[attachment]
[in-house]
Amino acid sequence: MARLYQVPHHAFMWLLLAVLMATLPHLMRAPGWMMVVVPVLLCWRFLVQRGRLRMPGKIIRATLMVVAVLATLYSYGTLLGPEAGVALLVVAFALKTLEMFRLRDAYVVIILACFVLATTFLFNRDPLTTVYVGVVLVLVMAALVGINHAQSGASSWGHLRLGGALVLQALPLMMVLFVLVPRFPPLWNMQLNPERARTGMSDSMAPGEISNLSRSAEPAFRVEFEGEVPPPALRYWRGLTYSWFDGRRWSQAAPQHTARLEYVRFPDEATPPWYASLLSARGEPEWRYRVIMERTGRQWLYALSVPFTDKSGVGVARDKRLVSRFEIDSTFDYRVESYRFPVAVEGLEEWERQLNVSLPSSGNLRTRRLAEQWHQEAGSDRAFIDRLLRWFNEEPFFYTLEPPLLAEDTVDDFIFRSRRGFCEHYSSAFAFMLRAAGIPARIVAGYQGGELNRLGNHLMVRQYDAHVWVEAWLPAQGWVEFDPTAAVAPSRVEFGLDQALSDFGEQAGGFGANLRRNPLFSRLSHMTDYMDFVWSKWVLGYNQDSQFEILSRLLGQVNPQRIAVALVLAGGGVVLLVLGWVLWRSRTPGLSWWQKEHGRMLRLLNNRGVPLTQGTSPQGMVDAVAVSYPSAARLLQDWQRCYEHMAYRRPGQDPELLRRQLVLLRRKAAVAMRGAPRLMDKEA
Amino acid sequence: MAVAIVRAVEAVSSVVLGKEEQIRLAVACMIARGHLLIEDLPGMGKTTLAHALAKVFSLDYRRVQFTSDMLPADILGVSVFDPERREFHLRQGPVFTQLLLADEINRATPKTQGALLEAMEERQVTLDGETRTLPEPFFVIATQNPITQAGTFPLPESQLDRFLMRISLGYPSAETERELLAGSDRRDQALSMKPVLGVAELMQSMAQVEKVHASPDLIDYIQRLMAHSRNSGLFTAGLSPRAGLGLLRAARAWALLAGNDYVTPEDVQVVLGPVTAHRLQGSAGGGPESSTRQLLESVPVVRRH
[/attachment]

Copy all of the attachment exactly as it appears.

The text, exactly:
[in-house]
Amino acid sequence: MARLYQVPHHAFMWLLLAVLMATLPHLMRAPGWMMVVVPVLLCWRFLVQRGRLRMPGKIIRATLMVVAVLATLYSYGTLLGPEAGVALLVVAFALKTLEMFRLRDAYVVIILACFVLATTFLFNRDPLTTVYVGVVLVLVMAALVGINHAQSGASSWGHLRLGGALVLQALPLMMVLFVLVPRFPPLWNMQLNPERARTGMSDSMAPGEISNLSRSAEPAFRVEFEGEVPPPALRYWRGLTYSWFDGRRWSQAAPQHTARLEYVRFPDEATPPWYASLLSARGEPEWRYRVIMERTGRQWLYALSVPFTDKSGVGVARDKRLVSRFEIDSTFDYRVESYRFPVAVEGLEEWERQLNVSLPSSGNLRTRRLAEQWHQEAGSDRAFIDRLLRWFNEEPFFYTLEPPLLAEDTVDDFIFRSRRGFCEHYSSAFAFMLRAAGIPARIVAGYQGGELNRLGNHLMVRQYDAHVWVEAWLPAQGWVEFDPTAAVAPSRVEFGLDQALSDFGEQAGGFGANLRRNPLFSRLSHMTDYMDFVWSKWVLGYNQDSQFEILSRLLGQVNPQRIAVALVLAGGGVVLLVLGWVLWRSRTPGLSWWQKEHGRMLRLLNNRGVPLTQGTSPQGMVDAVAVSYPSAARLLQDWQRCYEHMAYRRPGQDPELLRRQLVLLRRKAAVAMRGAPRLMDKEA
Amino acid sequence: MAVAIVRAVEAVSSVVLGKEEQIRLAVACMIARGHLLIEDLPGMGKTTLAHALAKVFSLDYRRVQFTSDMLPADILGVSVFDPERREFHLRQGPVFTQLLLADEINRATPKTQGALLEAMEERQVTLDGETRTLPEPFFVIATQNPITQAGTFPLPESQLDRFLMRISLGYPSAETERELLAGSDRRDQALSMKPVLGVAELMQSMAQVEKVHASPDLIDYIQRLMAHSRNSGLFTAGLSPRAGLGLLRAARAWALLAGNDYVTPEDVQVVLGPVTAHRLQGSAGGGPESSTRQLLESVPVVRRH